For CEUS, the ultrasound device has a contrast-specific US mode that is able to form images with the cancellation of the US signals from tissue and using only the signals from the microbubbles to generate the image[15]. To achieve this, the acoustic pressure is kept low. Accordingly, a low mechanical index (MI) of 0.3-0.05 and a low gain are used to avoid the generation of signals from tissues harmonics and to minimize the disruption of the microbubbles due to the pressure of the acoustic waves. Some authors also advise placing the patient on the left decubitus because it is claimed that in this position, the liver moves closer to the transducer in the subcostal site by 1 or even 2 cm[51,52]. This helps to overcome the limited penetration of US in low MI imaging. However, with current modern devices, image quality is markedly improved, even with very low MI (0.05). Additionally, the adequate cancellation of signals from tissues is achieved, with the nearly complete disappearance from the image of the parenchymal liver structures (the screen is nearly black). The image appears with the arrival of the UCA, which provides strong reflectors that mark the macro and micro-vascular structures. In real time, two contemporary images are available for analysis, one corresponding to baseline-US and another to a low-mechanical index examination.

With the use of Sonovue® UCA, generally a 2.4 mL bolus is administered with a fine catheter (20-guage), and this is followed by 10 mL flush of saline. The three phases of liver contrast enhancement are named in a similar fashion to CT and MRI scanning of the liver and are as follows: the arterial phase, in which the supply from hepatic artery arrives first and is predominant at 10 to 35 s after injection; the portal phase follows and becomes predominant between 45 to 120 s; and, finally, the late phase occurs after 120 s[52]. As in CT and MRI, the portal and late phases are the most useful vascular phases for detecting CRLM. The examination is recorded as a whole or in the form of sequential clips during the arterial, portal and late phases for later analysis, which can be performed on workstations.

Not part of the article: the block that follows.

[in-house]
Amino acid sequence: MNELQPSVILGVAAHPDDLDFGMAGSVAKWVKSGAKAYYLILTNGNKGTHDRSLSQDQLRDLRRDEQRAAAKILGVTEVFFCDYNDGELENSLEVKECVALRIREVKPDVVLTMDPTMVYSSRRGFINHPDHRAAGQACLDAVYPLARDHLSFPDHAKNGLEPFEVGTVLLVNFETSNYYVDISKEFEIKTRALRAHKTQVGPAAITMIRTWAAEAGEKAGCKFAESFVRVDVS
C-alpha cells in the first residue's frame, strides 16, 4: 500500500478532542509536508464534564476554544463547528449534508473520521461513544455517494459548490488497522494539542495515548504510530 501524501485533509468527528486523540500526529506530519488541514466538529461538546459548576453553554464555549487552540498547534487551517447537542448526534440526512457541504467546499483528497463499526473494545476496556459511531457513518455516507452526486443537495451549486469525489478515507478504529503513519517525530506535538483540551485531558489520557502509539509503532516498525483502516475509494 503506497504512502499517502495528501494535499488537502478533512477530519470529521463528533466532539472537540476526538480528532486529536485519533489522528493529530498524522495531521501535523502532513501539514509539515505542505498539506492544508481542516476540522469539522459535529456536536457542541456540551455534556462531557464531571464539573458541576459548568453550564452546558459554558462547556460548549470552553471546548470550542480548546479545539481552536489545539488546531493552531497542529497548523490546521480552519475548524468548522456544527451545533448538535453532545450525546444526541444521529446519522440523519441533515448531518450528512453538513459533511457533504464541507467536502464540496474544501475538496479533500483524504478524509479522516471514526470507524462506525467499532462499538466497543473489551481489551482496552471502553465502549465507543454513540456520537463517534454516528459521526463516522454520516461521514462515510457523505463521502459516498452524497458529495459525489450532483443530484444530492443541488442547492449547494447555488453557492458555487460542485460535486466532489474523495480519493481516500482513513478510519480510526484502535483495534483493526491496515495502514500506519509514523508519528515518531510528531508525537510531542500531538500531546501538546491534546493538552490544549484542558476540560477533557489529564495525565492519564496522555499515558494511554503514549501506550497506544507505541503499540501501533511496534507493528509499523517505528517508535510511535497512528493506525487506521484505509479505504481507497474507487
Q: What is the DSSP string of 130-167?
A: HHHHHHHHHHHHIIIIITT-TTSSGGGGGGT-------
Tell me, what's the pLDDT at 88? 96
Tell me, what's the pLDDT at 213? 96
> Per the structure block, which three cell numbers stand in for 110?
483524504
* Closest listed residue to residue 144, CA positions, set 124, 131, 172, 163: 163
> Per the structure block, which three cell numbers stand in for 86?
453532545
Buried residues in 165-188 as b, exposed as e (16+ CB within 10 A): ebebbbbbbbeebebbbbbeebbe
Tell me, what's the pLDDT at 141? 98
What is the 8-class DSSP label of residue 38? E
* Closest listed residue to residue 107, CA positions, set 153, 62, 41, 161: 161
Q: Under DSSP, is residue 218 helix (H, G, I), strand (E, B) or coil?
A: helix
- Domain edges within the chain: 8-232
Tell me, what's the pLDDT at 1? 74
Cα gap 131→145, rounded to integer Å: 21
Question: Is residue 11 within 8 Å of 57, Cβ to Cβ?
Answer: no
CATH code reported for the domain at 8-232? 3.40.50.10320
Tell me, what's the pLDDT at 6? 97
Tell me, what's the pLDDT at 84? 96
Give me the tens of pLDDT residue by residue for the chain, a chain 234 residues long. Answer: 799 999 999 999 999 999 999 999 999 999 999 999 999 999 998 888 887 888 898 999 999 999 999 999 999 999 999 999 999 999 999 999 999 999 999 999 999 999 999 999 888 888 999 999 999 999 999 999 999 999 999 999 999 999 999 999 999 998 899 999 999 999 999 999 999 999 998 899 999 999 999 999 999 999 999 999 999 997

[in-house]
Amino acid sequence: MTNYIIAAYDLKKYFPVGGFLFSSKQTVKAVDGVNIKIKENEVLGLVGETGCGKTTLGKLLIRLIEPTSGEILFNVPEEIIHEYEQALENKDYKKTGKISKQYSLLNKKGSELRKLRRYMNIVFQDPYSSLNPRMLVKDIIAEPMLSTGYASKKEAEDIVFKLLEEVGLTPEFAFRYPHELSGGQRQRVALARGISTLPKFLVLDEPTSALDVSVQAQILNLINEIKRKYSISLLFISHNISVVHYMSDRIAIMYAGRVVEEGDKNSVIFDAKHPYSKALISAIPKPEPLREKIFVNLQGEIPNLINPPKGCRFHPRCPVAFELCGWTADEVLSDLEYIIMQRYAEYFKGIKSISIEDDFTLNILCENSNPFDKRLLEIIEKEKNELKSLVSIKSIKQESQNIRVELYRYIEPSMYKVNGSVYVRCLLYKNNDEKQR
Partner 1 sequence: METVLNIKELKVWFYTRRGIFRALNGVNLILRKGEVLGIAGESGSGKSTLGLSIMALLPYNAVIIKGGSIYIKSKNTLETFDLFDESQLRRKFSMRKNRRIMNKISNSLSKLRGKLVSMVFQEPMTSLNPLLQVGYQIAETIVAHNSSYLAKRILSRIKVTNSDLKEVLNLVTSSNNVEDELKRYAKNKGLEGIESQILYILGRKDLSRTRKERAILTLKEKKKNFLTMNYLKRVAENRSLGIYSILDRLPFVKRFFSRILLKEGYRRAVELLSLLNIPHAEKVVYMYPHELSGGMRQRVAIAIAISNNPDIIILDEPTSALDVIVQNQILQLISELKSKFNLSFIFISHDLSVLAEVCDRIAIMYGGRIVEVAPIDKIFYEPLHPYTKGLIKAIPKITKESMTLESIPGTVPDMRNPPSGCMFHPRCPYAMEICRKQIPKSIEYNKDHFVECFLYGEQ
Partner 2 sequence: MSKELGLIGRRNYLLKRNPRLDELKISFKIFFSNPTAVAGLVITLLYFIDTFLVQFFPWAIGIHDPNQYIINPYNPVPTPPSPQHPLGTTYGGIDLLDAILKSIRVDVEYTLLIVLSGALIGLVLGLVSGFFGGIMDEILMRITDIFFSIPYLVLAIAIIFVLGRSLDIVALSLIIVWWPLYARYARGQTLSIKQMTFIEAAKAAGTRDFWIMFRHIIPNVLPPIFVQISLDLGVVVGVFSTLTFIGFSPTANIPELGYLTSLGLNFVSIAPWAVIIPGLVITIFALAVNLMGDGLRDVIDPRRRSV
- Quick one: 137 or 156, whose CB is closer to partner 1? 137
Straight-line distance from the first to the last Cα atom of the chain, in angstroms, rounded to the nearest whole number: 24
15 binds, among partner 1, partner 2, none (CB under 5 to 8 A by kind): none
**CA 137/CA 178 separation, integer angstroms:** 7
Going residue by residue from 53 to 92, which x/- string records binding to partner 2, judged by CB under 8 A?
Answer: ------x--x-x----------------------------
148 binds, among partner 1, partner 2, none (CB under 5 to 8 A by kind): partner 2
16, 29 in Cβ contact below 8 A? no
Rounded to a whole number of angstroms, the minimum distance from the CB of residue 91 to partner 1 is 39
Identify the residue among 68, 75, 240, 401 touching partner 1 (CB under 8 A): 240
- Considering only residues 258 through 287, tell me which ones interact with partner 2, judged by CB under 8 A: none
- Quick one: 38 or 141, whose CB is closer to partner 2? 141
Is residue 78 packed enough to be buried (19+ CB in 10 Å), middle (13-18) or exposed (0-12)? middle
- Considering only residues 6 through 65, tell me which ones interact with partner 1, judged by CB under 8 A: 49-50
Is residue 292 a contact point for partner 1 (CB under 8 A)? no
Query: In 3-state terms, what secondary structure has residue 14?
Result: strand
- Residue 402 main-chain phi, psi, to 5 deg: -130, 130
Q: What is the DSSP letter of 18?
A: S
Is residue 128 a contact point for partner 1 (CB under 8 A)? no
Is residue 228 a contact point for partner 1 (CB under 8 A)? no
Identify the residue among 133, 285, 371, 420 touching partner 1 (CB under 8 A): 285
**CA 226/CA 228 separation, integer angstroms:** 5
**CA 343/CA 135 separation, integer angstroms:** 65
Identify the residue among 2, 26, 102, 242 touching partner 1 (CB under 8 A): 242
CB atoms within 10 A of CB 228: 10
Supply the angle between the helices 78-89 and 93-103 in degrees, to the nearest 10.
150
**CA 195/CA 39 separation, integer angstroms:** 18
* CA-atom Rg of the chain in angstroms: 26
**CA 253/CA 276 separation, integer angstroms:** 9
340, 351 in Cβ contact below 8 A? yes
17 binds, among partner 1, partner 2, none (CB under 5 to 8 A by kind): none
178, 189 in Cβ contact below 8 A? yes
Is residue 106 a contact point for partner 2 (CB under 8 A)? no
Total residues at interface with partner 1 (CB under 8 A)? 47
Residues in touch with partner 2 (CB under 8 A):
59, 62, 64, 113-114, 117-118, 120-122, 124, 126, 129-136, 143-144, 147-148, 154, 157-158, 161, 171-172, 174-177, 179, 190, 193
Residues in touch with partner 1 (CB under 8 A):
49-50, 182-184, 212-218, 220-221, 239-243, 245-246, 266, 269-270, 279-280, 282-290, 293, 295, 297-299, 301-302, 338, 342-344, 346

CEUS characterizes focal liver lesions in a similar fashion to contrast enhanced CT and MRI. Specifically, due to the characteristics of the appearance of UCA during the vascular phases, specific contrast-enhancement patterns are obtained for different liver lesions. By differentiating metastases from other liver lesions according to contrast enhancement patterns, such as in CT and MRI, CEUS may offer a high specificity for CRLM diagnosis. This is an absolute necessity in the context of the high prevalence of benign liver tumors, which has been reported to be more than 20% in autopsy studies[13,14]. Furthermore, studies have reported that 25%-50% of lesions smaller than 20 mm[53,54] and up to 80% of those smaller than 10 mm are benign[55].

CRLM are hypovascular and appear in CEUS images with a similar presentation to CT and MRI. During the arterial phase, metastases sometimes present as variable contrast enhancements that are usually tenuous and peripheral. This is because all liver metastases, either hypervascular or hypovascular, are supplied predominantly by arterial blood.

In the portal and delay phases, dark defects with stark contrast in the enhanced liver indicate hypovascular CRLM. During these phases, hypoenhancement is characteristic of and common to all metastases, regardless of eventual enhancement in the arterial phase because the liver tissue retains the UCA, while the metastases present a rapid and marked “washout”. The observed hypoenhancement could also be due to the absence of portal supply to metastases and hence a lower vascular volume in the metastases compared with the liver parenchyma[56]. Incidental benign focal liver lesions can also present with hypoenhancement at CEUS and thus the careful evaluation of any lesion is required when the liver is examined for the first time. Rare false positive results have been reported with hypoenhancing lesions, such as abscesses or necrosis, old fibrous FNH, granulomas and inflammatory pseudotumors[15].

Rare cystic metastases can be differentiated from non-neoplastic complex cysts with CEUS by the evidence of vascular flow in thickened cyst walls or in mural nodules[52].


Presently, CEUS is a promising tool that has dramatically increased the capability of US for characterizing liver lesions. Accordingly, it has the potential to be incorporated into the diagnostic algorithm of CRLM and could possibly replace US.

A number of studies (Table 1) have reported that CEUS has a considerably high sensitivity of up to 80%-90% in detecting liver metastases, and it is therefore comparable to CT[52]. Furthermore, some reports have shown that CEUS is especially sensitive for metastases smaller than 10 mm and can improve the sensitivity of US by up to an additional 50% (Figure 1)[51,57].

Table 1 Clinical studies of contrast enhanced ultrasound efficacy for liver metastases detection, in comparison with ultrasound.
Ref.patients(n)Standard of referenceSensitivity
Itabashi et al[62], 2013454PathologyIntra-operative CEUS found 71 CRLMs that were not detected at preoperative imaging